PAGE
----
Rejecting someone as a friend because of the way they look- is not showing acceptance and may leave us with fewer friends.

Life Skills: Acceptance – Starting With Ourselves

Teaching character and life skills to students

One of the hardest things to accept for many is themselves.  Have you ever noticed how hard we can be on ourselves?  We come down on ourselves for not being good enough, strong enough, organized enough or something.  Usually we are comparing ourselves to others who excel in an activity that we would like to improve on. Is it really fair to talk to ourselves that way?

Lets start with questions to ourselves like:

What is something that I like about myself?

What is unique about me?

What is one thing I am really good at?

What is one thing I enjoy doing?

Learning to accept and appreciate who we are, what our strengths are, and what we enjoy doing allows us to accept that others are very good at other activities that are not our strong points.  When we see others as ‘strong’ in some areas, we will be more willing to accept them for those areas of strength.

It is important as we work on creating a culture of peace in our homes and community to accept ourselves and others for our strengths knowing that both of us are OK.



Life Skills: Acceptance – Expanding Our Life Experience

Teaching character and life skills to students

Have you ever noticed that it is usually the differences between one person, group, or country with another that are viewed as wrong, shortcomings or not acceptable – that create some of the biggest challenges and aggressive behavior?  It can make things very difficult to move forward, to have an understanding, and to achieving goals in a team like manner.  If I look at someone and immediately reject them and their experiences because they do not fit our idea of being like us, we may be rejecting an opportunity to expand our own knowledge and experience.

If we have a hard time being accepting we may miss out on meeting and getting to know new people, trying new things or even learning about new things.  Being able to look past the appearances may allow us to explore the individuality of someone new.  Have you ever had a conversation with someone that normally you would not be conversing with, only to find out how interesting they are, or that the two of you have some very common interests?

Everyone of us has a story.  In my experience I have found that we are more the same than we might expect.  Being able to accept someone for who they are, what they might look like and where they are in their life is one of the keys to expanding our own experiences in life.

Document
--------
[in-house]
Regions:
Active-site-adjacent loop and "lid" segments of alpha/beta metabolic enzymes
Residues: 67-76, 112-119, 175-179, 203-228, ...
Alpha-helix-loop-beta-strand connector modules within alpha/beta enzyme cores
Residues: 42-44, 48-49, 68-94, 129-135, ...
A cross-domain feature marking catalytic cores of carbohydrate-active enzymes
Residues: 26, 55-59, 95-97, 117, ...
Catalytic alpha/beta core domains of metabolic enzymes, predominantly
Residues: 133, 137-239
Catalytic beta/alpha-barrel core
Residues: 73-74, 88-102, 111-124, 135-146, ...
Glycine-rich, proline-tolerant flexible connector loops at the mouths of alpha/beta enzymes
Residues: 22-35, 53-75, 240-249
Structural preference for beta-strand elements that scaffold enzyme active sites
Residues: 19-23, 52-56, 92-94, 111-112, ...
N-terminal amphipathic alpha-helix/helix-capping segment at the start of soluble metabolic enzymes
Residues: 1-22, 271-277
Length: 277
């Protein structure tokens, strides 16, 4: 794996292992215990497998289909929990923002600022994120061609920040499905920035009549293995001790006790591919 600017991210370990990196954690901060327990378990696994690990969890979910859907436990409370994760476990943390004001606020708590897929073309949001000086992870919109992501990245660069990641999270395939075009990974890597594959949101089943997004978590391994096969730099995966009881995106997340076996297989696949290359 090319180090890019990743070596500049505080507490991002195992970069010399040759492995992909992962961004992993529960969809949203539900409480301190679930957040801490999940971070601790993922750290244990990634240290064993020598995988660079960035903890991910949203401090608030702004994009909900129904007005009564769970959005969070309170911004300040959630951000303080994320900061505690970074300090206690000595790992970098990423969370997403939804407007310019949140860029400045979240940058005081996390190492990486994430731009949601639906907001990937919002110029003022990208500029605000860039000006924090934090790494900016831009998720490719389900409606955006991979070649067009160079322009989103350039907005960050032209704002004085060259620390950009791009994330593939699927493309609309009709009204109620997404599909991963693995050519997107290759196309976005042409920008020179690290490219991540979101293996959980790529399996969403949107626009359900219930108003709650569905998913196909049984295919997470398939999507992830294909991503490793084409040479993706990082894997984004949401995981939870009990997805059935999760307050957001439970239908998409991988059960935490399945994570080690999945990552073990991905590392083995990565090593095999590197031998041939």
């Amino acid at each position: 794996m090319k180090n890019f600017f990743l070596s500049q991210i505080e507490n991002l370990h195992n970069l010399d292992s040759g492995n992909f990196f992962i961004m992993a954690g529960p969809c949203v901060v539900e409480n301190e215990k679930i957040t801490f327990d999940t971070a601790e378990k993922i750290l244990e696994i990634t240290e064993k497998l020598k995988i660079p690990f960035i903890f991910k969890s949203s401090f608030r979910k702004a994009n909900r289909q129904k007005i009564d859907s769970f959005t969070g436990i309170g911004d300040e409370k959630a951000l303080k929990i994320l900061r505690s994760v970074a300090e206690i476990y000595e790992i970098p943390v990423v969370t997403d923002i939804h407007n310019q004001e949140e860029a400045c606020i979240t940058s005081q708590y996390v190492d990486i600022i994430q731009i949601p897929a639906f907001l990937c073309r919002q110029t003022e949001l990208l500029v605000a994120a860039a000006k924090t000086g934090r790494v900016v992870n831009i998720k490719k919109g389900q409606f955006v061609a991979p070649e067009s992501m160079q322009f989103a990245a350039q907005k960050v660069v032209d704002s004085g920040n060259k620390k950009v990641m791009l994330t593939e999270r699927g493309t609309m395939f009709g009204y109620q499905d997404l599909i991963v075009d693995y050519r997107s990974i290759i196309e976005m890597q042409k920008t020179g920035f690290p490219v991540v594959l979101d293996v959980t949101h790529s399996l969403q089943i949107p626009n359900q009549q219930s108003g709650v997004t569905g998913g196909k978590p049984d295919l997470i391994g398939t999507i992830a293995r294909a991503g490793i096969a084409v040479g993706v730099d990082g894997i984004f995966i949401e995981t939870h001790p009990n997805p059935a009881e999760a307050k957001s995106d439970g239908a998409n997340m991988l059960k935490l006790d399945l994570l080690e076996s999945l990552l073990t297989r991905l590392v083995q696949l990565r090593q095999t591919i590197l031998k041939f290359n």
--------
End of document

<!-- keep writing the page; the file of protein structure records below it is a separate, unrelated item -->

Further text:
Life Skills: Acceptance – How Parents Can Start Teaching Acceptance to Our Children

Teaching character and life skills to students

Long before we are able to accept others for who they are, we must learn to accept ourselves for who we are.  It was interesting how when our students were asked about one thing that they liked about themselves, they came up with the things they like to do.  Then a few of them talked about how they liked being a kind person, or someone who made friends easily.

Liking ourselves begins with knowing what we enjoy doing, our favorite (whatever) and then being willing to stick with that even if it is different than what others like to do.  As parents we sometimes have in our mind what we would like to see our children like and how we would like to see them be.   However if our child likes to build things they may not be the next greatest soccer player, no matter how much we would like to see that happen.  As a parent our acceptance of that and celebration of them is important to their growth in self-esteem, confidence and resistance to bullying that may take place.

Never underestimate the power of our words.  In one of our classes after not getting a great response to what do you like about yourself, I proceeded to look at each student and tell them what I found unique and special about each of them.  Later in the evening I asked one of the students what they had said about themselves and she could not remember.  But quickly said, “But I remember what you said.”  Affirming our appreciation for what is different and unique and special about our children will help them to accept themselves and from there we can build on accepting others.